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Pipes of Pan


Strike the largest pipe with the rubber paddle. Try a shorter pipe. How does this affect the sound?

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Music Sound
The pitch of a note varies with the length of pipe. Higher frequencies (shorter pipes) give higher-pitched notes. Strike the pipes in sequence to make a tune.

It Hertz

Hertz (Hz) is the unit we use to measure frequency. The more hertz, the more waves per-second there are. When humans hear more sound waves in close succession, we perceive it as a higher pitch. This video demonstrates the entirety of the average human hearing range and shows how many waves we are hearing at that point.

Making a Note

A neat thing about this exhibit is that each pipe has the frequency of its note written on it – the larger the number, the higher-pitched the sound that the pipe makes. Different musical notes are related to each other by how many times larger the frequency of one note is than the other. For instance, the lowest pipe has a frequency of 52Hz. Can you find a pipe with a frequency double that? Try playing those two notes over and over alternately. In music we call this particular difference an octave and we say that these two notes are the same note in different octaves. See if you can find other notes on here that are double or half the frequency of a different note.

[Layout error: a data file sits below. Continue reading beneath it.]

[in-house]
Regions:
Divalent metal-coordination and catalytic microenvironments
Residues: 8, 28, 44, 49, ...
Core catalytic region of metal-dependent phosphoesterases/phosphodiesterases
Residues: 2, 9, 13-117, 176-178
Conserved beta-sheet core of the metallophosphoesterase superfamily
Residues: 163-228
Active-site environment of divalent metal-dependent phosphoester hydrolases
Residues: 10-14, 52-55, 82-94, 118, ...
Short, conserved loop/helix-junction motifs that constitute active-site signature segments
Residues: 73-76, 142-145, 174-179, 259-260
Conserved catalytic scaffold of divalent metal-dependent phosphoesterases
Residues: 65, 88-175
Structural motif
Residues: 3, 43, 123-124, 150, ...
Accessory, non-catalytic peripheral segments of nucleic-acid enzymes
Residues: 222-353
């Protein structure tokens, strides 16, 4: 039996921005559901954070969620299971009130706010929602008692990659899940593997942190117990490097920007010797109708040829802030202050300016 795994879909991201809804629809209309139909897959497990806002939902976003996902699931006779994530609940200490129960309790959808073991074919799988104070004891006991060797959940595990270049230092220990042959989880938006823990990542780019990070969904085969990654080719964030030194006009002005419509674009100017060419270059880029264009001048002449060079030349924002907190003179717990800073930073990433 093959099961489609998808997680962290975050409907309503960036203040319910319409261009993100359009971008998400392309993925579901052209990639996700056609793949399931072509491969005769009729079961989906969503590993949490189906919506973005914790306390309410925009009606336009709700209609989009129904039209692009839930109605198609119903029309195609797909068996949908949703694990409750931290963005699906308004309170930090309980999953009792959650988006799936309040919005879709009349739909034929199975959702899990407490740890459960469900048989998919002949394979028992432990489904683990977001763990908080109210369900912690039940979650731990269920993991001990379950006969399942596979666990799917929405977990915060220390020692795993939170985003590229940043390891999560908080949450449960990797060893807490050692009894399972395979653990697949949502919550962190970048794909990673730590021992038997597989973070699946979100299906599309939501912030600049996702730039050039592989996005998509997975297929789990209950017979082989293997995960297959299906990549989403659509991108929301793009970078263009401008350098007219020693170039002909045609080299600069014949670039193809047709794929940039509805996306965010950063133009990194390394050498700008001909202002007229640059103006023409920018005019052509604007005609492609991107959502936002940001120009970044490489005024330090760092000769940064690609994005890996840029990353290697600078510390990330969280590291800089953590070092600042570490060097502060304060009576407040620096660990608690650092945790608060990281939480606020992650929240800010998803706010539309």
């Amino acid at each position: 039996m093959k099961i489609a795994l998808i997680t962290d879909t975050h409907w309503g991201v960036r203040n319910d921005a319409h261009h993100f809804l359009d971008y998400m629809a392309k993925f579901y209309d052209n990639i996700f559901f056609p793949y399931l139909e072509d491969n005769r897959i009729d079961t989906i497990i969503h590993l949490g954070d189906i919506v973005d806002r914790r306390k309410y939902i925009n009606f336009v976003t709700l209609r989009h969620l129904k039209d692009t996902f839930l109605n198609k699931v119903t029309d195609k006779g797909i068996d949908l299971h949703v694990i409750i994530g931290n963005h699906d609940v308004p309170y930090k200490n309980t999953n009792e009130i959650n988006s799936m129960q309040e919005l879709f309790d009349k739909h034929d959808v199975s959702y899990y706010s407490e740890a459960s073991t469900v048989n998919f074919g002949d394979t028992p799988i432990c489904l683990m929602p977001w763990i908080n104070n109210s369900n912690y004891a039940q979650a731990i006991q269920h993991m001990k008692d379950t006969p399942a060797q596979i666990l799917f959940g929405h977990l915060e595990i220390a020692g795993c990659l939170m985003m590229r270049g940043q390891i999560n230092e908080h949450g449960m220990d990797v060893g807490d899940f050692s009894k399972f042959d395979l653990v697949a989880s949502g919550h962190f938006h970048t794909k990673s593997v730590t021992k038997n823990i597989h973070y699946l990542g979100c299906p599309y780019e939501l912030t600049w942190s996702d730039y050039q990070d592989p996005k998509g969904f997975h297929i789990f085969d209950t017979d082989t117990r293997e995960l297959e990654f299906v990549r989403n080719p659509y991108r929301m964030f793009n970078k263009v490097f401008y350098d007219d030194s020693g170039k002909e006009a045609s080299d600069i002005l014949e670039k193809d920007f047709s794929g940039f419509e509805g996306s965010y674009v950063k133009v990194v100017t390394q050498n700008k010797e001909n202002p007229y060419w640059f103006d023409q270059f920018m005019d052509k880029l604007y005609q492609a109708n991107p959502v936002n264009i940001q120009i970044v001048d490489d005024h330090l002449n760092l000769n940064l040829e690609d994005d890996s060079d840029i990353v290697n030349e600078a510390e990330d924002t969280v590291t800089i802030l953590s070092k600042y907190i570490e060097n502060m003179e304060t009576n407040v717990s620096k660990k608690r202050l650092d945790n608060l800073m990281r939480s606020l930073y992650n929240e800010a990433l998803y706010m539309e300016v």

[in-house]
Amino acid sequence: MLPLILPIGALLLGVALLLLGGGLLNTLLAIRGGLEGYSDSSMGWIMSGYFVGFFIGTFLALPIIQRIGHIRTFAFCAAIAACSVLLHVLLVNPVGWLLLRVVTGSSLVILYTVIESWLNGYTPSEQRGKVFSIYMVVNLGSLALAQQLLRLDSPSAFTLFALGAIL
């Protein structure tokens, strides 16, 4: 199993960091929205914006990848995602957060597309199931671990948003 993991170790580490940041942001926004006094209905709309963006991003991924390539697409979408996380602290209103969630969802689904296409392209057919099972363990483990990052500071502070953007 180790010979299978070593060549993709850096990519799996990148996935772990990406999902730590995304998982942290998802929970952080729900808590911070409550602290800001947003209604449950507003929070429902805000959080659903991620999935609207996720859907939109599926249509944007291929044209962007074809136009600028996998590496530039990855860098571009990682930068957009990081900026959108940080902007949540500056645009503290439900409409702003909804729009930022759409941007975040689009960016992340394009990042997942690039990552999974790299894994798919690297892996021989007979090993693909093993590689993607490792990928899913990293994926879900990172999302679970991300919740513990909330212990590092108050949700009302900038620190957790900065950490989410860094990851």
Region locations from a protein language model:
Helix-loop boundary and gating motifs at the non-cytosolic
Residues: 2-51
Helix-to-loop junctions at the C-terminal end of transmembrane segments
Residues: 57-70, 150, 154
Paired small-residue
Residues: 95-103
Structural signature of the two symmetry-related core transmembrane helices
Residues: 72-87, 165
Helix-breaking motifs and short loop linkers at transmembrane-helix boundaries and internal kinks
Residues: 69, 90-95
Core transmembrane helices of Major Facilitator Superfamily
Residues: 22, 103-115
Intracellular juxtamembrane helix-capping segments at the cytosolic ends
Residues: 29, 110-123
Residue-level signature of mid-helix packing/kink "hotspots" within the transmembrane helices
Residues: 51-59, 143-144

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Look Closer

Welcome to Look Closer, Techniquest's brand new digital tool. We're trialling Look Closer as a way of offering you a closer look at the science demonstrated by many of our exhibits. You'll find visitor sheets, videos, articles on contemporary science as well as fun trails to navigate your way around the exhibition space.

Speak to our Science Communicators to find out more.